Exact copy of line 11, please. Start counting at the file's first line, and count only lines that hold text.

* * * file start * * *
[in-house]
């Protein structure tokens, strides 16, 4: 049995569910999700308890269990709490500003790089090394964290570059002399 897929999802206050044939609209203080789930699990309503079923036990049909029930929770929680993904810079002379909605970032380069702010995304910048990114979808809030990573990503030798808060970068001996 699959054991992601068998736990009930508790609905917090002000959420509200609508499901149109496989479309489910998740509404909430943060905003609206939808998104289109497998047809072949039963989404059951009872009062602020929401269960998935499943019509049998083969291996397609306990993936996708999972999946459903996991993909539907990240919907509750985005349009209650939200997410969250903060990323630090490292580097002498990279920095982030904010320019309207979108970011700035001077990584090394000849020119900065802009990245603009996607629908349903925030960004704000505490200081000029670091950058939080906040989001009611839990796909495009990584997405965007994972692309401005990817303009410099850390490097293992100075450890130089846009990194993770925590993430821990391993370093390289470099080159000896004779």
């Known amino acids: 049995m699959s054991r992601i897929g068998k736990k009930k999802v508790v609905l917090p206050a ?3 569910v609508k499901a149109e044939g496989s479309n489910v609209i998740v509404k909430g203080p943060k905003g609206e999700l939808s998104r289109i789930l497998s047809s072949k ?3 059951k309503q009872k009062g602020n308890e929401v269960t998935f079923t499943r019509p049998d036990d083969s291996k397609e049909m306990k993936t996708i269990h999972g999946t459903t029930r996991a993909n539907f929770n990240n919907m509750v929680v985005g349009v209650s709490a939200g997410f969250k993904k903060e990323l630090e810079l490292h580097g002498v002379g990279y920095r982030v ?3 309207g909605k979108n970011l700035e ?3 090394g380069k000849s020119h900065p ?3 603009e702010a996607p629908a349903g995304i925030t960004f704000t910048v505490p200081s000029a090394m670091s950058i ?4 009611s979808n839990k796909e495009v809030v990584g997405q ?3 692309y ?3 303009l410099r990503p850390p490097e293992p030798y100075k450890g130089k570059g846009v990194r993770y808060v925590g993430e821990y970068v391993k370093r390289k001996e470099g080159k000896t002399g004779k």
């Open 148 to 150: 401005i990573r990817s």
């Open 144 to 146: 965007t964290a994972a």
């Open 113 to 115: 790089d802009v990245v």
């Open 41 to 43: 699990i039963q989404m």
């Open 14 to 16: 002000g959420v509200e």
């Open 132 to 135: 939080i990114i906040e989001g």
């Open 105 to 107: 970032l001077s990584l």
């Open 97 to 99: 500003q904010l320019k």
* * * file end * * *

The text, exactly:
């Open 97 to 99: 500003q904010l320019k």